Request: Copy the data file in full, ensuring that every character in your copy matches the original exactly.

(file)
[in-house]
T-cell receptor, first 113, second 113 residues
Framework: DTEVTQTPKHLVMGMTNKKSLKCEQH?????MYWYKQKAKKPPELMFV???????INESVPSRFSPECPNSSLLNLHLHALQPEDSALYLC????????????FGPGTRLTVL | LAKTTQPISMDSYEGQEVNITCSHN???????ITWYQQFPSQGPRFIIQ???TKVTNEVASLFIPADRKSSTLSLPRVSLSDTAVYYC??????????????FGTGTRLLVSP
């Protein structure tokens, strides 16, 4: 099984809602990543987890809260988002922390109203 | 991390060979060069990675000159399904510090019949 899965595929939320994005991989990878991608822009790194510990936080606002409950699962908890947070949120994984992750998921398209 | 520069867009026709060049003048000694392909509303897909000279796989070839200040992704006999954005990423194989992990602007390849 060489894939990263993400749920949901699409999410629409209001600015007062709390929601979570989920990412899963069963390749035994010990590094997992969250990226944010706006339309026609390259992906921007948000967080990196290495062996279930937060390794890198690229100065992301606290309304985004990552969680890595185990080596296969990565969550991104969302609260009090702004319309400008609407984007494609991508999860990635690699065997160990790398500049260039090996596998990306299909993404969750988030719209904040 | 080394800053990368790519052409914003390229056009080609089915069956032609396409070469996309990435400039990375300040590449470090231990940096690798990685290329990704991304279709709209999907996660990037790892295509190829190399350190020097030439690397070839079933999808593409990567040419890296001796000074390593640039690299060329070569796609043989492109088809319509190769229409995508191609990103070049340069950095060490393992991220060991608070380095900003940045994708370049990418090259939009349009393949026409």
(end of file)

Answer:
[in-house]
T-cell receptor, first 113, second 113 residues
Framework: DTEVTQTPKHLVMGMTNKKSLKCEQH?????MYWYKQKAKKPPELMFV???????INESVPSRFSPECPNSSLLNLHLHALQPEDSALYLC????????????FGPGTRLTVL | LAKTTQPISMDSYEGQEVNITCSHN???????ITWYQQFPSQGPRFIIQ???TKVTNEVASLFIPADRKSSTLSLPRVSLSDTAVYYC??????????????FGTGTRLLVSP
């Protein structure tokens, strides 16, 4: 099984809602990543987890809260988002922390109203 | 991390060979060069990675000159399904510090019949 899965595929939320994005991989990878991608822009790194510990936080606002409950699962908890947070949120994984992750998921398209 | 520069867009026709060049003048000694392909509303897909000279796989070839200040992704006999954005990423194989992990602007390849 060489894939990263993400749920949901699409999410629409209001600015007062709390929601979570989920990412899963069963390749035994010990590094997992969250990226944010706006339309026609390259992906921007948000967080990196290495062996279930937060390794890198690229100065992301606290309304985004990552969680890595185990080596296969990565969550991104969302609260009090702004319309400008609407984007494609991508999860990635690699065997160990790398500049260039090996596998990306299909993404969750988030719209904040 | 080394800053990368790519052409914003390229056009080609089915069956032609396409070469996309990435400039990375300040590449470090231990940096690798990685290329990704991304279709709209999907996660990037790892295509190829190399350190020097030439690397070839079933999808593409990567040419890296001796000074390593640039690299060329070569796609043989492109088809319509190769229409995508191609990103070049340069950095060490393992991220060991608070380095900003940045994708370049990418090259939009349009393949026409």